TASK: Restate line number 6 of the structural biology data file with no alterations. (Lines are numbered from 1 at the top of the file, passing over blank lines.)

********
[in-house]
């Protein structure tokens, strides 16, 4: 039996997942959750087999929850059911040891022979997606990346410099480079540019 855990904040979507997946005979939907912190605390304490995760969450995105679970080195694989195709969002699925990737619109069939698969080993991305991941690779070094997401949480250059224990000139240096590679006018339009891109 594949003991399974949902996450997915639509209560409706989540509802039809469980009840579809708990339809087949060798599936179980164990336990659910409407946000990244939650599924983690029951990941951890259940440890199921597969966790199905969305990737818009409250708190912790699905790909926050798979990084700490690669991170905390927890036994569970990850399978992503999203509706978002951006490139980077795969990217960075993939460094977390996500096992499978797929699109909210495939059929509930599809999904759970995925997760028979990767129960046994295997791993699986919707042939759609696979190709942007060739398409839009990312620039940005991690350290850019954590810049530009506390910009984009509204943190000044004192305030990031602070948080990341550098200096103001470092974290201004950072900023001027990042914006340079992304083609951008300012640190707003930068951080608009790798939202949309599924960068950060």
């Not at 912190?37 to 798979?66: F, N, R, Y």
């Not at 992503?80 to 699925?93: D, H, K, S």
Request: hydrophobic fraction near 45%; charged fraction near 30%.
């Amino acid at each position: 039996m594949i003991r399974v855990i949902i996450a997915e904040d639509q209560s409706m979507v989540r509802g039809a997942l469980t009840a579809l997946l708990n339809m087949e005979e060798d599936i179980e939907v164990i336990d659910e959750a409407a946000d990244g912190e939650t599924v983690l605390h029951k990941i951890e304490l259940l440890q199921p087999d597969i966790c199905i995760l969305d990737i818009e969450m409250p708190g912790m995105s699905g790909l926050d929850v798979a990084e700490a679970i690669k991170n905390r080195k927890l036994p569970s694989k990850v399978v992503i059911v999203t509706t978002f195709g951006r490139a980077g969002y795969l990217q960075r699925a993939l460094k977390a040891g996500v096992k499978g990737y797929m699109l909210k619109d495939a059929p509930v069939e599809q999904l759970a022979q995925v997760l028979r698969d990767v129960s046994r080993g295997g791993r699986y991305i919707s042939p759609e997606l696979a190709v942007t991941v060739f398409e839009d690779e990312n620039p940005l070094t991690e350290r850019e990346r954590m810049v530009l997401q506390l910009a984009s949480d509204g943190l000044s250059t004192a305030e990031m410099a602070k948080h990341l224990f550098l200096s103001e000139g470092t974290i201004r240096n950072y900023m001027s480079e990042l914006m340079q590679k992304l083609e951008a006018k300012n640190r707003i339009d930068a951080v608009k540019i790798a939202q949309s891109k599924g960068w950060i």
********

């Amino acid at each position: 039996m594949i003991r399974v855990i949902i996450a997915e904040d639509q209560s409706m979507v989540r509802g039809a997942l469980t009840a579809l997946l708990n339809m087949e005979e060798d599936i179980e939907v164990i336990d659910e959750a409407a946000d990244g912190e939650t599924v983690l605390h029951k990941i951890e304490l259940l440890q199921p087999d597969i966790c199905i995760l969305d990737i818009e969450m409250p708190g912790m995105s699905g790909l926050d929850v798979a990084e700490a679970i690669k991170n905390r080195k927890l036994p569970s694989k990850v399978v992503i059911v999203t509706t978002f195709g951006r490139a980077g969002y795969l990217q960075r699925a993939l460094k977390a040891g996500v096992k499978g990737y797929m699109l909210k619109d495939a059929p509930v069939e599809q999904l759970a022979q995925v997760l028979r698969d990767v129960s046994r080993g295997g791993r699986y991305i919707s042939p759609e997606l696979a190709v942007t991941v060739f398409e839009d690779e990312n620039p940005l070094t991690e350290r850019e990346r954590m810049v530009l997401q506390l910009a984009s949480d509204g943190l000044s250059t004192a305030e990031m410099a602070k948080h990341l224990f550098l200096s103001e000139g470092t974290i201004r240096n950072y900023m001027s480079e990042l914006m340079q590679k992304l083609e951008a006018k300012n640190r707003i339009d930068a951080v608009k540019i790798a939202q949309s891109k599924g960068w950060i």